• A question about hypothetical words or constructions rather than actual English usage.
    Research questions will be deleted. If you have a question that may be a research question, check with a moderator before you post it. We may be able to help structure the question so that it is acceptable, or suggest other ways in which the forum could be useful for what you have in mind.

    Remember that there are many other resources on the Internet that can help you with lists and research.
     
    Last edited: Jun 8, 2013
  12. panjandrum

    panjandrum PongoMod

    Belfast, Ireland
    English-Ireland (top end)
    Acceptable abbreviations

    There are a small number of terms that are used so often in the English Only forum that their abbreviated forms are accepted.

    Forum-related
    WR - WordReference
    WRF - WordReference Forum
    EO - English Only forum.
    OP - Original Poster (the person who started the thread) or Original Post (the first post in the thread).
    Forms of English
    AE - American English,
    BE - British English.
    Occasionally AmE, AmEn, BrE, BrEn have been used.

    You may also come across other members of the xE family. These are usually obvious from the context or by looking at the location of the author. Examples that come to mind are:
    AuE - Australian English
    CaE - Canadian English
    IE - Irish English
    NAmE - North American English (used by the OUP - Oxford University Press)
    NZE - New Zealand English

    Others (a very, very select list)
    AHD - American Heritage Dictionary
    CALD - Cambridge Advanced Learner's Dictionary
    RHU - Random House Unabridged Dictionary
    M-W - Merriam-Webster
    OALD - Oxford Advanced Learner's Dictionary
    OED - Oxford English Dictionary
    OUP - Oxford University Press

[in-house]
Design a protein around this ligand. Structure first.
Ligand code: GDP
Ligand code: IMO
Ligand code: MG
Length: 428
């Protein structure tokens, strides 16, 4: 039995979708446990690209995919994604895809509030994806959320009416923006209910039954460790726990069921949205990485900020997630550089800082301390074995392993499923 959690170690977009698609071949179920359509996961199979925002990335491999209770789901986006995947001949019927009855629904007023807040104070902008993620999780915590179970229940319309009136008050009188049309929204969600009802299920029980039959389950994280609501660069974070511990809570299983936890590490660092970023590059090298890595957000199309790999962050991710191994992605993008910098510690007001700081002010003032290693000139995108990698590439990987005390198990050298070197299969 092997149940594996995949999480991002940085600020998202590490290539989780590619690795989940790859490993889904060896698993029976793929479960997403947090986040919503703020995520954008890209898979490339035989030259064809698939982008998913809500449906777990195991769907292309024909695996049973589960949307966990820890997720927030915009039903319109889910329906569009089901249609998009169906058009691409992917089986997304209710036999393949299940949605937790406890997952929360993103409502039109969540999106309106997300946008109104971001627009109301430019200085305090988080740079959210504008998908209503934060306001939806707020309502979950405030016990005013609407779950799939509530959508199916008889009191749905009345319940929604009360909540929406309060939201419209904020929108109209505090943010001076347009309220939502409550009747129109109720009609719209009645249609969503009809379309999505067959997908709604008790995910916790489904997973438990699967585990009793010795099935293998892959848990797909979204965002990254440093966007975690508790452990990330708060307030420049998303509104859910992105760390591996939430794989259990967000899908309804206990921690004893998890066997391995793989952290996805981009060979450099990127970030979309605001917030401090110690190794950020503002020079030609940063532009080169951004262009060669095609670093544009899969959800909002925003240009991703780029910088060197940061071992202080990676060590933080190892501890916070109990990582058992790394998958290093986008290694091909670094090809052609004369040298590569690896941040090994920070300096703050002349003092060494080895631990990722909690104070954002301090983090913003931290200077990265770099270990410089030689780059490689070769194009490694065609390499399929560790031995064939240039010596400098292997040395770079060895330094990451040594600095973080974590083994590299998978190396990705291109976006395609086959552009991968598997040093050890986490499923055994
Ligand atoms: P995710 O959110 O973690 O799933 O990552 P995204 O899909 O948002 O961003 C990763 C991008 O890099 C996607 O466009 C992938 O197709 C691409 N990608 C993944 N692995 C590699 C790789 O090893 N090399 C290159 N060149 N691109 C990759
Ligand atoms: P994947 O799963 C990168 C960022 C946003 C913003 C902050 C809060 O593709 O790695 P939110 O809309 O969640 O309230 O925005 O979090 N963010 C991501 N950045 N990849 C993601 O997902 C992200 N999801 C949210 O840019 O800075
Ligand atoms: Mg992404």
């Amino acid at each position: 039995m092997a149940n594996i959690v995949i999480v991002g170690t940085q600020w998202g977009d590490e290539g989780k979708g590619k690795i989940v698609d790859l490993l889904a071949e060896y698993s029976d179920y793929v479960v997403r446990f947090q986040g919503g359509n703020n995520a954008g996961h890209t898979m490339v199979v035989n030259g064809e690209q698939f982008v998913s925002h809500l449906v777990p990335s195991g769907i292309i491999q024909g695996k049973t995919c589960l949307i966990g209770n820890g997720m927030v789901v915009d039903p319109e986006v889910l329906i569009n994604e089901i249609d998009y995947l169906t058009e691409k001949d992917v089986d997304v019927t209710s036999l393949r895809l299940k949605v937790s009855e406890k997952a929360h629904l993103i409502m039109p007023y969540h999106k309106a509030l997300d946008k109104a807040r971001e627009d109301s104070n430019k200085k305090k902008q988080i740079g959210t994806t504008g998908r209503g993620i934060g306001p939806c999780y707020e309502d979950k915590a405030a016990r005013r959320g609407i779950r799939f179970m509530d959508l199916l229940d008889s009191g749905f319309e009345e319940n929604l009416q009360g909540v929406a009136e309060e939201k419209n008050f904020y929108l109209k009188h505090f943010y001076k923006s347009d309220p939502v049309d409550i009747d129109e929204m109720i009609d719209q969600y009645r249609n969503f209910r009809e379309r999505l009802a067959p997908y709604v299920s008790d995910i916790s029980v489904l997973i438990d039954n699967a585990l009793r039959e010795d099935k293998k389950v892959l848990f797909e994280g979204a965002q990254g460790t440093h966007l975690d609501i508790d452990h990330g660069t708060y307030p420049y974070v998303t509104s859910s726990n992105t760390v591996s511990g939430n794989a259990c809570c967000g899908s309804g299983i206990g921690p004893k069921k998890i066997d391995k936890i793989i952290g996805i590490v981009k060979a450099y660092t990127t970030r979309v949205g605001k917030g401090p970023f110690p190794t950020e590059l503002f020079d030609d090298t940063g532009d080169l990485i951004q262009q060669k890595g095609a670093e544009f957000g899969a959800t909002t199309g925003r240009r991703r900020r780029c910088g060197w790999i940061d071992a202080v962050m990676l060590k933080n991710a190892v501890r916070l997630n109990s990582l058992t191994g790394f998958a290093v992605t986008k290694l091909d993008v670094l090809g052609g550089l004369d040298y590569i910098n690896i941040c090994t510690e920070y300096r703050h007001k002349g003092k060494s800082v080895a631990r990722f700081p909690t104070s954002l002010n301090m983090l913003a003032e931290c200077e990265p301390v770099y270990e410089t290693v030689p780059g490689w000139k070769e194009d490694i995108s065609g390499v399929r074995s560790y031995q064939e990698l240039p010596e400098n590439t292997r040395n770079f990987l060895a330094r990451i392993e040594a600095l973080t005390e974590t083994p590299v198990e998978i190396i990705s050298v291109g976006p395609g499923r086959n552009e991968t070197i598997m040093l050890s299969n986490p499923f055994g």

If you use other abbreviations, you must define them with the first use.
     
    Last edited: Jun 10, 2015
  13. Kelly B

    Kelly B Senior Member

    USA English
    Audio / video files

    Please note the recent addition to forum rules by the Administrator:

    For audio and video:
    These files are too difficult for the moderators to police, so:
    - No audio or video files
    or links to themunless you get moderator approval ahead of time.
    - All these threads need to say which moderator approved them.*

    So, let's try this, and hopefully it will not be too much of a burden on the moderators. Please only request approval of audio/video content that definitely has value for language learners here at the site. Also, please understand that some moderators are unable to visit many of the video sites because they connect from work and their employers forbid them from visiting such sites.

    All audio and video files and links that do not have prior approval will be deleted.
    Permission will not be granted after the fact for deleted files or links. Please ask first.


    * Note: The websites listed in the Pronunciation links section of the International Phonetic Alphabet links post in our Resources thread are considered 'pre-approved'.
    You won't need specific moderator's approval to post a link to one of those, but be sure to explain that the website is listed in our Resources thread.
     
    Last edited: May 12, 2015
  14. cuchuflete

    cuchuflete Senior Member

    Maine, EEUU
    EEUU-inglés
    Posting links to ask or answer a thread question


    Please do not simply populate posts with Google, Wikipedia or other links and few or no words of your own. It leaves the questioner no better off.

    If you have found something that you believe is helpful to the discussion, explain or paraphrase it in your reply and by all means also offer a link to a specific location.

    In so far as possible, posts should be understandable from what appears in the post itself. The use of links should be to add further value, explanation or reference.

    Note: Links to web sites that require a subscription or membership, such as Facebook and other social networking sites, are not permitted. Such links are not accessible to all forum users, and are apt to have content that changes or is removed in a short time. You are welcome to quote useful excerpts from such sites (up to normal forum limits of 4 lines for poetry/verse/lyrics and 4 sentences for other text). Always give attribution to your source.
     
    Last edited: May 28, 2009
  15. cuchuflete

    cuchuflete Senior Member

    Maine, EEUU
    EEUU-inglés
    Index to the English Only Guidelines :arrow: HERE.

    The Quick Guide to English Only
    (Moderators see note at end.)*
    Responding to a post
    • DO NOT reply to any thread or post that has a problem such as: lack of context, multiple topics, non-English text, SPAM, etc. Use the dark red triangle in the lower left corner of the post to report it.
    • DO NOT make wild guesses if the question is unclear. Ask for clarification. If there is no context, report the thread.